Chinook’s Edge has announced that Carolynne Muncer will be the division’s Indigenous Education Coordinator. Muncer comes to the role following her retirement in June as Principal of Poplar Ridge School. Muncer looks forward to continuing her support of Indigenous learning for staff and students of Chinook’s Edge.

“Chinook’s Edge is excited to have Carolynne as Indigenous Education Coordinator. As a retired administrator from the Sylvan Lake area, she is well connected to Indigenous partners and division staff” said Karyn Barber, Associate Superintendent of System Services. “Carolynne and Patrick Mitsuing, former Indigenous Education Coordinator, have a strong vision around supporting learning and understanding for students and staff members across the division. Their continued partnership and connection is a gift to our jurisdiction.”

Barber said, “Carolynne is passionate about Indigenous Education and not only has past experience as Indigenous Coordinator with Chinook’s Edge but also teaches Indigenous Education courses at Red Deer Polytechnic. She is deeply invested in moving reconciliation forward in visible and tangible ways. Carolynne advocates for reconcili-action to benefit all students - Indigenous and non-Indigenous - creating a space for us to learn and grow together.”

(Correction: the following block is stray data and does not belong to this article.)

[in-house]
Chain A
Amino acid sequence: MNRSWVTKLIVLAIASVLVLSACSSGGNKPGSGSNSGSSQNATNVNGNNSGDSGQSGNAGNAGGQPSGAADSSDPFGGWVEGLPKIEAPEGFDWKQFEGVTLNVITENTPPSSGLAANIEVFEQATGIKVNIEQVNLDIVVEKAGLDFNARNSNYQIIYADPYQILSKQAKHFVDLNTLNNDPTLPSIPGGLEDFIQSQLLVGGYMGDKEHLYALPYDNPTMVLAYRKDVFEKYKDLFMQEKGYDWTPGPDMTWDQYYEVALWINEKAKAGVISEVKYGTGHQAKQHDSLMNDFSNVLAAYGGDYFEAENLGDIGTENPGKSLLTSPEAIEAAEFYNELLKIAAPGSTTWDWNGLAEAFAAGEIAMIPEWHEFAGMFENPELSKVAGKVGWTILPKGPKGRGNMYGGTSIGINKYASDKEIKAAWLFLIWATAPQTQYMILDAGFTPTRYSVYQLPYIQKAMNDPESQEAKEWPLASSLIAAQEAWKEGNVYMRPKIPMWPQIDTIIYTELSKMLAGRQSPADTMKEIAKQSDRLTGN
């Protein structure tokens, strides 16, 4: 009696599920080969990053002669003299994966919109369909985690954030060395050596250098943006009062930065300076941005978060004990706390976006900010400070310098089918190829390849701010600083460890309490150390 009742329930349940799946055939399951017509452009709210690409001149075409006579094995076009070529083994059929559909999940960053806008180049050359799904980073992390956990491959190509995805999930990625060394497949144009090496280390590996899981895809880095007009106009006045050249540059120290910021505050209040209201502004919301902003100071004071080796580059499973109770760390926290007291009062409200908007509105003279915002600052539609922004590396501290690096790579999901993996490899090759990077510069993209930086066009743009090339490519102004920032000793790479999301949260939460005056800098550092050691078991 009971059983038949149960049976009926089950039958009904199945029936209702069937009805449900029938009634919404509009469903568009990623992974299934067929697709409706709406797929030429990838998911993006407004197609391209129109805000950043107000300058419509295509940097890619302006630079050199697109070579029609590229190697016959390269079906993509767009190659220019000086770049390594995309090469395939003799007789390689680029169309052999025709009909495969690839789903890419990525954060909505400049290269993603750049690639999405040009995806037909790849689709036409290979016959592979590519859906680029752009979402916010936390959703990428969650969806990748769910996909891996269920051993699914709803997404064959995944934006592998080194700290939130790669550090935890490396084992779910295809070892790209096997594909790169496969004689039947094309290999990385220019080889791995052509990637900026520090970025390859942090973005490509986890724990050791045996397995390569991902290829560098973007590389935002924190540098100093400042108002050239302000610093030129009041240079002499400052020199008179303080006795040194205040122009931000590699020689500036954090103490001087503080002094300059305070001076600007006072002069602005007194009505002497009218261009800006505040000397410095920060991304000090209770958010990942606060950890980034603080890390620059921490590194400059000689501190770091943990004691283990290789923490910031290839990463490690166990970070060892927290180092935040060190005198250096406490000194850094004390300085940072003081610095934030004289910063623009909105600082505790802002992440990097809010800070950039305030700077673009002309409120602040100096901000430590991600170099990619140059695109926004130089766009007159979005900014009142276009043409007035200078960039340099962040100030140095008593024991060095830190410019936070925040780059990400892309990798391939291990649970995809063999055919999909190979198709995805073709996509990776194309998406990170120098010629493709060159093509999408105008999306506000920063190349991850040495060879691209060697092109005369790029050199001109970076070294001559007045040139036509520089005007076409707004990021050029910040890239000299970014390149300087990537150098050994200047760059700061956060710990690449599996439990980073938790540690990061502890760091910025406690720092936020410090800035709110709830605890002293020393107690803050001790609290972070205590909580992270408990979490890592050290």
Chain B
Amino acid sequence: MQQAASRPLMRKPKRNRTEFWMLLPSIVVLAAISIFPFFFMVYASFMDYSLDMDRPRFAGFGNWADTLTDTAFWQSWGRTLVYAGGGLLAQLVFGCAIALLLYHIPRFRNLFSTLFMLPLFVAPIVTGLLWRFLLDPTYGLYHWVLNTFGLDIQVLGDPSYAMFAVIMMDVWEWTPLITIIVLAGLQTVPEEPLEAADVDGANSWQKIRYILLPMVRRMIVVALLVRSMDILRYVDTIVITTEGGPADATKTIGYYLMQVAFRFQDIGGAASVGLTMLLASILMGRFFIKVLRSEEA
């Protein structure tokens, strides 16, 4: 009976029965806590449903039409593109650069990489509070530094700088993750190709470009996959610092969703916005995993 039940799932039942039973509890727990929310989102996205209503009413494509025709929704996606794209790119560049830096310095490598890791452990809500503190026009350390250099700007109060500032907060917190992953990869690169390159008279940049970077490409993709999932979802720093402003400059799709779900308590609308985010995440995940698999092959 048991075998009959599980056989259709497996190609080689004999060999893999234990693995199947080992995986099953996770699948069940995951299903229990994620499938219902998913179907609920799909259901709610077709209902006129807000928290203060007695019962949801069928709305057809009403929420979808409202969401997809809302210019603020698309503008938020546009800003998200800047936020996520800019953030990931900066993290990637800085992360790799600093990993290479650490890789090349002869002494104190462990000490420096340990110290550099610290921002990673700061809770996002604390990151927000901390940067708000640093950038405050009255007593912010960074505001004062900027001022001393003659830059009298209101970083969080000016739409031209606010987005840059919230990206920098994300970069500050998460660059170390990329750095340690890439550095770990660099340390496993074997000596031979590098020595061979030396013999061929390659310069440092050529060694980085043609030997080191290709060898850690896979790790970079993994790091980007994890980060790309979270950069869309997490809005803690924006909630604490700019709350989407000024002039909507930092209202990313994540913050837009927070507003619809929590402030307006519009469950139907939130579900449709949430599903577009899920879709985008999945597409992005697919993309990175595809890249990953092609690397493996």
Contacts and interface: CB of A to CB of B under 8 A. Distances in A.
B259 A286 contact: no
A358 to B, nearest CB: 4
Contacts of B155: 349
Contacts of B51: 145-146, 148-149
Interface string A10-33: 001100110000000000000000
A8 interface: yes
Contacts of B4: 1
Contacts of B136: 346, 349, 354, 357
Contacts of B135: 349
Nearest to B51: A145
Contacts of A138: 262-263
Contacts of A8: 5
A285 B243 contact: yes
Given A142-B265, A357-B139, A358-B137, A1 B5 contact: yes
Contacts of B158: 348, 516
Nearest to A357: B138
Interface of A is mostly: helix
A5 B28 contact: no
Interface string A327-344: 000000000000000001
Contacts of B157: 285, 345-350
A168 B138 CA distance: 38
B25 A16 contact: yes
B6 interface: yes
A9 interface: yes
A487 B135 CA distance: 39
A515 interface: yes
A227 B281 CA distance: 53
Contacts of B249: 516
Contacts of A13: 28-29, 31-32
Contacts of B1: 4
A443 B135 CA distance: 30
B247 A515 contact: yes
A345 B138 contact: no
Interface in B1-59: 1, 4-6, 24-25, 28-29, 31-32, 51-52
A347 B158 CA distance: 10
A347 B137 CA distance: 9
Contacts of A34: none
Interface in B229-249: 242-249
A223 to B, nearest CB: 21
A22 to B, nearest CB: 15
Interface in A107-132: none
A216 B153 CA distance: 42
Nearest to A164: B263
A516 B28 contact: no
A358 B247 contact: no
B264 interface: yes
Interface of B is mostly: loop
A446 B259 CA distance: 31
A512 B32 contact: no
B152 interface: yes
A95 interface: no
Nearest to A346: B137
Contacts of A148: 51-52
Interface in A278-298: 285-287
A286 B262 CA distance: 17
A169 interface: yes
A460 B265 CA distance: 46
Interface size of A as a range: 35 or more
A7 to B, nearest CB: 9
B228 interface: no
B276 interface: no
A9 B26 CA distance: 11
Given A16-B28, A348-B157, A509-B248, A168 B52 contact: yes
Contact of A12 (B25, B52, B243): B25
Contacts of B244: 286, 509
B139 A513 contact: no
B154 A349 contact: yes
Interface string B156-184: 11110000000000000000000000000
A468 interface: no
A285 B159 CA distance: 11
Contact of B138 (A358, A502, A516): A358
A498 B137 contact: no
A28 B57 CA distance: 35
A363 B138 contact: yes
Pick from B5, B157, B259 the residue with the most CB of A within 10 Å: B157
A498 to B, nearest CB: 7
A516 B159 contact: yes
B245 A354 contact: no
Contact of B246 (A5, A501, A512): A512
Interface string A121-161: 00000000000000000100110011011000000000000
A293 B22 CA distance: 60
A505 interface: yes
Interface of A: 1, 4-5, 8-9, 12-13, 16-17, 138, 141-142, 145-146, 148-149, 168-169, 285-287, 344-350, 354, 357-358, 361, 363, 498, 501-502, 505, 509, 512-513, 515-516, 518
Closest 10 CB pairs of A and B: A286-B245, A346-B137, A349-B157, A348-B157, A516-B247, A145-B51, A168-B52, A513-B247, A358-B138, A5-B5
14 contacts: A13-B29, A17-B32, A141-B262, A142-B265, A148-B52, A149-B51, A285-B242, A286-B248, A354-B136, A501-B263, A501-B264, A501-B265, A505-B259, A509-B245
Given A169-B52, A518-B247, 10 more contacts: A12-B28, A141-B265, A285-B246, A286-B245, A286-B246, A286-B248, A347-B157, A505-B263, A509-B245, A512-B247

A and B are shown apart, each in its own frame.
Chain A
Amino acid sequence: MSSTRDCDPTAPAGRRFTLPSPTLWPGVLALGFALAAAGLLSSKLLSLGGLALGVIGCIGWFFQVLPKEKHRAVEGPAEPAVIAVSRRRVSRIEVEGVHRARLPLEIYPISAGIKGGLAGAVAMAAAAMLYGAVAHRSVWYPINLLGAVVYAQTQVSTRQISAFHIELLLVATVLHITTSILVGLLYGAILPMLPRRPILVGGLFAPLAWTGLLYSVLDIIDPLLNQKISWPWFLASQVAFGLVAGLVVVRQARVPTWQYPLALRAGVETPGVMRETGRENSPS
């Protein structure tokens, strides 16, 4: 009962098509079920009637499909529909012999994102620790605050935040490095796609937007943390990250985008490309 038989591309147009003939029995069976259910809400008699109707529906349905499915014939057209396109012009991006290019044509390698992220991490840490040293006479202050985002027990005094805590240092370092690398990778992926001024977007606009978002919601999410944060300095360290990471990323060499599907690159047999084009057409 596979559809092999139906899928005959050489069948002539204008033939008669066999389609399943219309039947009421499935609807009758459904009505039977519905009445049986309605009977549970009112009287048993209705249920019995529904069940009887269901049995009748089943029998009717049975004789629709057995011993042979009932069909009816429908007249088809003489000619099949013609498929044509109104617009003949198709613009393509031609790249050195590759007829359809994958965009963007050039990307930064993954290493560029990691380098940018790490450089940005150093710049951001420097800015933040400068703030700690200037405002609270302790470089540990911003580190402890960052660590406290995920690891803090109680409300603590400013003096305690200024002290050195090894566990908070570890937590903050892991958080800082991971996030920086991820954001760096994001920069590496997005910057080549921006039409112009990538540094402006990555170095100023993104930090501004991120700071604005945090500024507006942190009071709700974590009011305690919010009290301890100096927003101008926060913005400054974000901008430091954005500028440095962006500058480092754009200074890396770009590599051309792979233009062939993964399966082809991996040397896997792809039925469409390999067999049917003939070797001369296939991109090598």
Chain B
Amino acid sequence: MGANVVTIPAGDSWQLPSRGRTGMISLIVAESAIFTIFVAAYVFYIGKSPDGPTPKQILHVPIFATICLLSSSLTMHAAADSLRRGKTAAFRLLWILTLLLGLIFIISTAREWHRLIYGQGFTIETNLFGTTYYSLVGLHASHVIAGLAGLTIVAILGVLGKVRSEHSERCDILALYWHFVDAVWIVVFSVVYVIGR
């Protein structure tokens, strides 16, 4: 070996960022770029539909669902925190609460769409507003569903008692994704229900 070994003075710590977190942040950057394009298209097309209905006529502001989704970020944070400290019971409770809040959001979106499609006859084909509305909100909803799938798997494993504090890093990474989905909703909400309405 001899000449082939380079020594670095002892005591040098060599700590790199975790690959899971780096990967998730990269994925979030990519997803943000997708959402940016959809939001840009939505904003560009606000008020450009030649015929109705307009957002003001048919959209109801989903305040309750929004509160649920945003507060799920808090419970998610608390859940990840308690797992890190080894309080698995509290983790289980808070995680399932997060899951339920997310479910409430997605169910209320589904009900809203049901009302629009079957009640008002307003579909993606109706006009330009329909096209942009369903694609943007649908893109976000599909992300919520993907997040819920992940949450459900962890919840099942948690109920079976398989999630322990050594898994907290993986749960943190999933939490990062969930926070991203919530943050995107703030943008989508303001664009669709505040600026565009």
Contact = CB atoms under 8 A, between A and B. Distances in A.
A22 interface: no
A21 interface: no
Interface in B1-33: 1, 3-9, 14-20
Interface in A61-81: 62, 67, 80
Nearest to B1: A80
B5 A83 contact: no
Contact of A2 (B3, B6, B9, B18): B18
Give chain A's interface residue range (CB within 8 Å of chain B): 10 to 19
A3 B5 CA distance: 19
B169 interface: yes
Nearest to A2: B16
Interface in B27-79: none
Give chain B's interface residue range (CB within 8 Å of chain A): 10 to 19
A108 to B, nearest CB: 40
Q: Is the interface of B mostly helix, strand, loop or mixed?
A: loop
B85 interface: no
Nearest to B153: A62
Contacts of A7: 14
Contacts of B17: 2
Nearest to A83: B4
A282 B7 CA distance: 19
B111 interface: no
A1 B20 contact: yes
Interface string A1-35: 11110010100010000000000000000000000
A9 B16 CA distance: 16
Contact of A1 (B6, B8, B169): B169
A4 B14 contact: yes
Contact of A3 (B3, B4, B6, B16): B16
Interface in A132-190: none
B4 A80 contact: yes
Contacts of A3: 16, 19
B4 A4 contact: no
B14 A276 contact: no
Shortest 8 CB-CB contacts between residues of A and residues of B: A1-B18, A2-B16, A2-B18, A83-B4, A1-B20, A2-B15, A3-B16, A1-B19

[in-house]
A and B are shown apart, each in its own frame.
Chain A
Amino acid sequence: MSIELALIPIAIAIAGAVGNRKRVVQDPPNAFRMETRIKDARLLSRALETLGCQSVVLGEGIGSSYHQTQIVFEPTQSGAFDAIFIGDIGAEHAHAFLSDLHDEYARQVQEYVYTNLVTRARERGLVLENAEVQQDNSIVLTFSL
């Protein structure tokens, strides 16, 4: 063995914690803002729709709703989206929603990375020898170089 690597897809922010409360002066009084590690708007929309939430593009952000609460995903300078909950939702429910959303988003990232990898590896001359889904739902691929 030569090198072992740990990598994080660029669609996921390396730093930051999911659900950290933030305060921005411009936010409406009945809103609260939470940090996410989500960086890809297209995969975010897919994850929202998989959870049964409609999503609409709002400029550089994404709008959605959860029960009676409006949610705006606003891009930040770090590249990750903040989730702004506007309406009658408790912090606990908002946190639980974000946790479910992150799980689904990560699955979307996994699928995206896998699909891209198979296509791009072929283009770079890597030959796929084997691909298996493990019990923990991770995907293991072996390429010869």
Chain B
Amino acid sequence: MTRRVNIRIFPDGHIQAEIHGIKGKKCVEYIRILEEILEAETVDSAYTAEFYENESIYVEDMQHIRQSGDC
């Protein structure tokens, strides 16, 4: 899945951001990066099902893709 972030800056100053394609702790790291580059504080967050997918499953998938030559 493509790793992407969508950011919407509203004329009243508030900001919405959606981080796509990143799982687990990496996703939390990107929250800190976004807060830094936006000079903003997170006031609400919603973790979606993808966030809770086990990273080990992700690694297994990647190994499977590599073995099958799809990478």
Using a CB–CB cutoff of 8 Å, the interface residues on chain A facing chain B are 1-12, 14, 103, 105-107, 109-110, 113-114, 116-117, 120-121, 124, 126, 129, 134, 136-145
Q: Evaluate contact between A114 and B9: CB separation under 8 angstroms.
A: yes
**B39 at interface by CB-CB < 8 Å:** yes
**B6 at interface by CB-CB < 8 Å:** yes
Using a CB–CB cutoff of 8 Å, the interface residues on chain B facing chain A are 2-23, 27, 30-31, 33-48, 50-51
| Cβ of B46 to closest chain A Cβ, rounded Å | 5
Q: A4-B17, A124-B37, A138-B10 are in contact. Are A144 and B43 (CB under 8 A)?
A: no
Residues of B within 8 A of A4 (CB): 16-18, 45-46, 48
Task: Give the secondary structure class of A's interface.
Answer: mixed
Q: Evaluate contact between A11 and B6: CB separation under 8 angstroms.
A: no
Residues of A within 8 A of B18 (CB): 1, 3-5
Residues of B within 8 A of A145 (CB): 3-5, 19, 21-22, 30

Carolynne Muncer said, “I am excited to be in this role because education is really the place where we can make the biggest difference with reconciliation in Canada. I agree with former Senator Murray Sinclair (who served as chairman of Canada’s Truth and Reconciliation Commission) on that point.”

Muncer said that she grew up in a First Nations community in Northern Ontario. “I am grateful for learning about the Ojibwe culture, ways of being and ceremonies,” she said. “These experiences are a part of who I am today.”

“I believe it is critically important that we do our part as Canadians to better understand our shared history with the Indigenous Peoples of Canada and their rich culture and languages. I feel a deep obligation and responsibility to do my part to leave a legacy of reconciliation to my grandchildren,” said Muncer. “The work of reconciliation is about redressing and building relationships, ensuring all people in Canada move forward and prosper together.”

Muncer said, “It will be great to work with Indigenous leads, division staff, and Indigenous partners to continue to grow together. I am looking forward to watching schools find their confidence in doing this important work, and to see what comes next.”